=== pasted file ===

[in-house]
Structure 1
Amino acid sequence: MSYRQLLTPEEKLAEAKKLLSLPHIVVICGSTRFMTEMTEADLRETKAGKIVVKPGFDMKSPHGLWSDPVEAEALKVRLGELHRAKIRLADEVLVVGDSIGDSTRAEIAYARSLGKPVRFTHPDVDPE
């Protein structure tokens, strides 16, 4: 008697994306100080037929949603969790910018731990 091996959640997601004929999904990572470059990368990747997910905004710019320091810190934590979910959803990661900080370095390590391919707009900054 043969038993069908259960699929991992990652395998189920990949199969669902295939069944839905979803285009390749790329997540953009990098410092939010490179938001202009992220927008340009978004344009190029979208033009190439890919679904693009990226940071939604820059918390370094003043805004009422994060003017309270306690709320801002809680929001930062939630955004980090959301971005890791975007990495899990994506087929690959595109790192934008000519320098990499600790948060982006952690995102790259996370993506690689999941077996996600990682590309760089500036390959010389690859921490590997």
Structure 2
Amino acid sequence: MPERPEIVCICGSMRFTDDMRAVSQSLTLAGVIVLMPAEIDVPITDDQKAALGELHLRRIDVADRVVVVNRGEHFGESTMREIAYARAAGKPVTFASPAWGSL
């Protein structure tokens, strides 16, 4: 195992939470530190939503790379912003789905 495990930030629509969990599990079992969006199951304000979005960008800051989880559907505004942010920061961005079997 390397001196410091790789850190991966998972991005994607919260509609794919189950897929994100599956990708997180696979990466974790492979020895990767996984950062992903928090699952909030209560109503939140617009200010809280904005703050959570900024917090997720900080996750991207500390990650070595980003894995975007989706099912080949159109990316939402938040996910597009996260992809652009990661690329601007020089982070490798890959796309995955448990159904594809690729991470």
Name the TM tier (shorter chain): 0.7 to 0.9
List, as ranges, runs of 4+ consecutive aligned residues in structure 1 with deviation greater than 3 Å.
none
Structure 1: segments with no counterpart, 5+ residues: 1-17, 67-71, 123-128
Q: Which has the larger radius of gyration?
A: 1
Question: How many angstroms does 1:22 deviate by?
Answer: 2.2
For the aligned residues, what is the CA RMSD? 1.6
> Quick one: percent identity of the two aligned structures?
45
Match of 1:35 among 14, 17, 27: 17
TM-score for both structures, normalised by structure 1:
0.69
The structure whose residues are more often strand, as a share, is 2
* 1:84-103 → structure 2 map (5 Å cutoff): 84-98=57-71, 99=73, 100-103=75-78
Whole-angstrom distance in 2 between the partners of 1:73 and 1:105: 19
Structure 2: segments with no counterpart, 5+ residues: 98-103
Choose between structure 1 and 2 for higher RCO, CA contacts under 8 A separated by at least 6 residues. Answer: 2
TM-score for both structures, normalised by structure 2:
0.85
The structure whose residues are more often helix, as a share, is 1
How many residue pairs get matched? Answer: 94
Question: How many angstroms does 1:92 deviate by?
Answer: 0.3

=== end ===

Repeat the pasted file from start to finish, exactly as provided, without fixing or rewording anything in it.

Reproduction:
[in-house]
Structure 1
Amino acid sequence: MSYRQLLTPEEKLAEAKKLLSLPHIVVICGSTRFMTEMTEADLRETKAGKIVVKPGFDMKSPHGLWSDPVEAEALKVRLGELHRAKIRLADEVLVVGDSIGDSTRAEIAYARSLGKPVRFTHPDVDPE
């Protein structure tokens, strides 16, 4: 008697994306100080037929949603969790910018731990 091996959640997601004929999904990572470059990368990747997910905004710019320091810190934590979910959803990661900080370095390590391919707009900054 043969038993069908259960699929991992990652395998189920990949199969669902295939069944839905979803285009390749790329997540953009990098410092939010490179938001202009992220927008340009978004344009190029979208033009190439890919679904693009990226940071939604820059918390370094003043805004009422994060003017309270306690709320801002809680929001930062939630955004980090959301971005890791975007990495899990994506087929690959595109790192934008000519320098990499600790948060982006952690995102790259996370993506690689999941077996996600990682590309760089500036390959010389690859921490590997």
Structure 2
Amino acid sequence: MPERPEIVCICGSMRFTDDMRAVSQSLTLAGVIVLMPAEIDVPITDDQKAALGELHLRRIDVADRVVVVNRGEHFGESTMREIAYARAAGKPVTFASPAWGSL
């Protein structure tokens, strides 16, 4: 195992939470530190939503790379912003789905 495990930030629509969990599990079992969006199951304000979005960008800051989880559907505004942010920061961005079997 390397001196410091790789850190991966998972991005994607919260509609794919189950897929994100599956990708997180696979990466974790492979020895990767996984950062992903928090699952909030209560109503939140617009200010809280904005703050959570900024917090997720900080996750991207500390990650070595980003894995975007989706099912080949159109990316939402938040996910597009996260992809652009990661690329601007020089982070490798890959796309995955448990159904594809690729991470």
Name the TM tier (shorter chain): 0.7 to 0.9
List, as ranges, runs of 4+ consecutive aligned residues in structure 1 with deviation greater than 3 Å.
none
Structure 1: segments with no counterpart, 5+ residues: 1-17, 67-71, 123-128
Q: Which has the larger radius of gyration?
A: 1
Question: How many angstroms does 1:22 deviate by?
Answer: 2.2
For the aligned residues, what is the CA RMSD? 1.6
> Quick one: percent identity of the two aligned structures?
45
Match of 1:35 among 14, 17, 27: 17
TM-score for both structures, normalised by structure 1:
0.69
The structure whose residues are more often strand, as a share, is 2
* 1:84-103 → structure 2 map (5 Å cutoff): 84-98=57-71, 99=73, 100-103=75-78
Whole-angstrom distance in 2 between the partners of 1:73 and 1:105: 19
Structure 2: segments with no counterpart, 5+ residues: 98-103
Choose between structure 1 and 2 for higher RCO, CA contacts under 8 A separated by at least 6 residues. Answer: 2
TM-score for both structures, normalised by structure 2:
0.85
The structure whose residues are more often helix, as a share, is 1
How many residue pairs get matched? Answer: 94
Question: How many angstroms does 1:92 deviate by?
Answer: 0.3